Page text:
Central and Distributed MPPT Systems under Varying Weather Conditions

Ansel Barchowsky, Jeffrey P. Parvin, Gregory F. Reed, Matthew J. Korytowski, and Brandon M. Grainger


MPPT, photovoltiac, solar irradiation, Inverter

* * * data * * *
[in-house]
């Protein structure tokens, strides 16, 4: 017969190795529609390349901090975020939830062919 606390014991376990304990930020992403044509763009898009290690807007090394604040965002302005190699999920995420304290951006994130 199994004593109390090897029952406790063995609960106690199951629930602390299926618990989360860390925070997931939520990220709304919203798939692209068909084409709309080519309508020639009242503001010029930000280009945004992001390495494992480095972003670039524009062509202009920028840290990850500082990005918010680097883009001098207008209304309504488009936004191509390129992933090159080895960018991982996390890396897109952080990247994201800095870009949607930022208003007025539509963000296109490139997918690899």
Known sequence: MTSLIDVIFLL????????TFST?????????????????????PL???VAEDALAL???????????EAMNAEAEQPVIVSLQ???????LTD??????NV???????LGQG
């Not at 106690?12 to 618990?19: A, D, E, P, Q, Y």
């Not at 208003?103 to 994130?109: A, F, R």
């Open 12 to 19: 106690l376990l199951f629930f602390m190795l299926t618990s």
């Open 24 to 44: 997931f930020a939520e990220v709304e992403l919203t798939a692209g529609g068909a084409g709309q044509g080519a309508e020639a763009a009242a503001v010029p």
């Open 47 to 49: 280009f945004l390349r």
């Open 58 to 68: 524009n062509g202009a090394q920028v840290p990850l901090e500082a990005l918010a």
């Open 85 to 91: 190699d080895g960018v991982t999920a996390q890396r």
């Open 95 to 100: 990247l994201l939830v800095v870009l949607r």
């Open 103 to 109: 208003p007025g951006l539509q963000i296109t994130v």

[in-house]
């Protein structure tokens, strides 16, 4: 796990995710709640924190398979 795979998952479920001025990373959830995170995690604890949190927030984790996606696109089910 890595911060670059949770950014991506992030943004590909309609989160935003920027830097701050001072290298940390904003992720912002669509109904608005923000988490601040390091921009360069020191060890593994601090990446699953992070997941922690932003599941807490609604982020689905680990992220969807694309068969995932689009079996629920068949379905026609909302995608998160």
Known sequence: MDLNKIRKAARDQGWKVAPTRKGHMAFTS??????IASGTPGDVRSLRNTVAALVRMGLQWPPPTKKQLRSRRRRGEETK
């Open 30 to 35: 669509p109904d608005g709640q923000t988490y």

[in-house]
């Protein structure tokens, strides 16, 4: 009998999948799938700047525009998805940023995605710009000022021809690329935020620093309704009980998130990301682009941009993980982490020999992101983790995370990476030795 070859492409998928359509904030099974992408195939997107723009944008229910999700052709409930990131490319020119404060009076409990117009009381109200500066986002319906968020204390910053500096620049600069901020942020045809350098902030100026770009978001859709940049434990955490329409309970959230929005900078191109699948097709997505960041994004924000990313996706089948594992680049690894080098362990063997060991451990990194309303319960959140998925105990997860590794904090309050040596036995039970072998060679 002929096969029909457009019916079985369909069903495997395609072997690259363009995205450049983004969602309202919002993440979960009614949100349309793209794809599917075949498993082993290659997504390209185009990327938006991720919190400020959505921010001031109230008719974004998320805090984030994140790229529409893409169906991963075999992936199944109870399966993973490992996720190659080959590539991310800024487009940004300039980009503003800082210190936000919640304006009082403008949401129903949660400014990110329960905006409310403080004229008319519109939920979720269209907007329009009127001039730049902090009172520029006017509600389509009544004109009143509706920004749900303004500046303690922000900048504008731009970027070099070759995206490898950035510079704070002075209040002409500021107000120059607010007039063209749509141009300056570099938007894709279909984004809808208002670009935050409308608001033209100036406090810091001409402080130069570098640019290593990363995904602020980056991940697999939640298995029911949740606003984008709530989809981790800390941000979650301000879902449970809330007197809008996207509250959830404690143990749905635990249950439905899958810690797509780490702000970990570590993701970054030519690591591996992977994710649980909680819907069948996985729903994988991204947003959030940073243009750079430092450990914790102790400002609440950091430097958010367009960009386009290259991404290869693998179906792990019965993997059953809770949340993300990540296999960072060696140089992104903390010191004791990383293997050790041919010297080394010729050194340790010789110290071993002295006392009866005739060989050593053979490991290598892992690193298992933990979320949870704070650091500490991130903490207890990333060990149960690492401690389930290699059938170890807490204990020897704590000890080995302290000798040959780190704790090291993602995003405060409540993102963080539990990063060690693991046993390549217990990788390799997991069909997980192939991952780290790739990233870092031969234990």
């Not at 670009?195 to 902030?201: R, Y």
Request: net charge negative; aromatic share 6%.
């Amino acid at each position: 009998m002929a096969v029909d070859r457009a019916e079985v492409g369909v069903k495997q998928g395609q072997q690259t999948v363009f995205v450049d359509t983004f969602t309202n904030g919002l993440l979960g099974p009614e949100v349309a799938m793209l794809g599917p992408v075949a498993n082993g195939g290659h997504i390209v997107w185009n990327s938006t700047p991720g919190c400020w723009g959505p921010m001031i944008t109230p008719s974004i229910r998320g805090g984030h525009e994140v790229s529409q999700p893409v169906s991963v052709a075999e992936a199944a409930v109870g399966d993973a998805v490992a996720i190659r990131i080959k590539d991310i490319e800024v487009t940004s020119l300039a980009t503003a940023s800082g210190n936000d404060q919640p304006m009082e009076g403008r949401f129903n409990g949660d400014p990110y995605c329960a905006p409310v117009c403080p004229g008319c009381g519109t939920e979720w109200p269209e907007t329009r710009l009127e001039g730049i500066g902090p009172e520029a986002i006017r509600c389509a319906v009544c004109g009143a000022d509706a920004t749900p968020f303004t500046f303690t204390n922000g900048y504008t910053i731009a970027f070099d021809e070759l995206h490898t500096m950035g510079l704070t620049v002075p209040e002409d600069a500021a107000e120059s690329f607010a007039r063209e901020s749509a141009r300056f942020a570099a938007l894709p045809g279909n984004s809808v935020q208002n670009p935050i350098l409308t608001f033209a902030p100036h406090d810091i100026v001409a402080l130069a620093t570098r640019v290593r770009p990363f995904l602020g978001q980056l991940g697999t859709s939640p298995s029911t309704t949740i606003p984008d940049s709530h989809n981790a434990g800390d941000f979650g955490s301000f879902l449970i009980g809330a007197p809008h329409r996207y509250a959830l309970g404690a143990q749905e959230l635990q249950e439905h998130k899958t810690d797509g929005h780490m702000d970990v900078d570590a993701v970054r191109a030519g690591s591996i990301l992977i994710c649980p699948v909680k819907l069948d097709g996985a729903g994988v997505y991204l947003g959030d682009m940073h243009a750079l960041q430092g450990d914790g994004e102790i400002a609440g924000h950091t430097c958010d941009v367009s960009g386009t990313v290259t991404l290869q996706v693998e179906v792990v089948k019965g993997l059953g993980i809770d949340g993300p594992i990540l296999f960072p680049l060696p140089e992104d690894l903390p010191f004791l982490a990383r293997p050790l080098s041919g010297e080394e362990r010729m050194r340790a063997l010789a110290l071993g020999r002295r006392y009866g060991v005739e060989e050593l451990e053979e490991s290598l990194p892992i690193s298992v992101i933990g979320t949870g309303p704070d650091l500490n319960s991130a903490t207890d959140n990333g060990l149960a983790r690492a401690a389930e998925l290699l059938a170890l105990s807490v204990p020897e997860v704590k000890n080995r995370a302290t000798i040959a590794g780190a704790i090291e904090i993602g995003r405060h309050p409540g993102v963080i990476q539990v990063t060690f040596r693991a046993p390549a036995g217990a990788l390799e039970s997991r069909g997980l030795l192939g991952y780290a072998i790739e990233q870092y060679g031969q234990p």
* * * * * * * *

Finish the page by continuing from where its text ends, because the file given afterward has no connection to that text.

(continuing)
Photovoltaic (PV) energy generation is becoming an increasingly prevalent means of producing clean, renewable power. PV is renewable, reliable, and domestically secure. However, these panels show a large decrease in performance under non-ideal weather conditions. When PV panels become covered by clouds or shadows, the current produced by the panel drops drastically. In order to continue to produce as much power as possible from the array, Maximum Power Point Tracking (MPPT) is employed. As the solar irradiation changes, this varies the output voltage accordingly in order to maintain the maximum amount of power output. It is generally applied as a centralized system to the whole array, directly before the inverter which is tied to the grid. However, such a system is not ideally suited to handling the current changes on individual panels when only part of the system is shaded. To improve efficiency on a system in various parts of an array are shaded, distributed MPPT systems are employed. This involves the placement of a MPPT DC-DC buck converter on each individual panel, which are then collectively fed through central inversion. In order to demonstrate the difference in performance between such a system and the more traditional central MPPT system, PSCAD models were developed for each method. A clouding model was then developed to simulate the effect of lower solar irradiance on distributed panels throughout the system. In doing so, the stability, efficiency, and quality of the power conversion in each system was observed in cases of both ideal and non-ideal irradiation.

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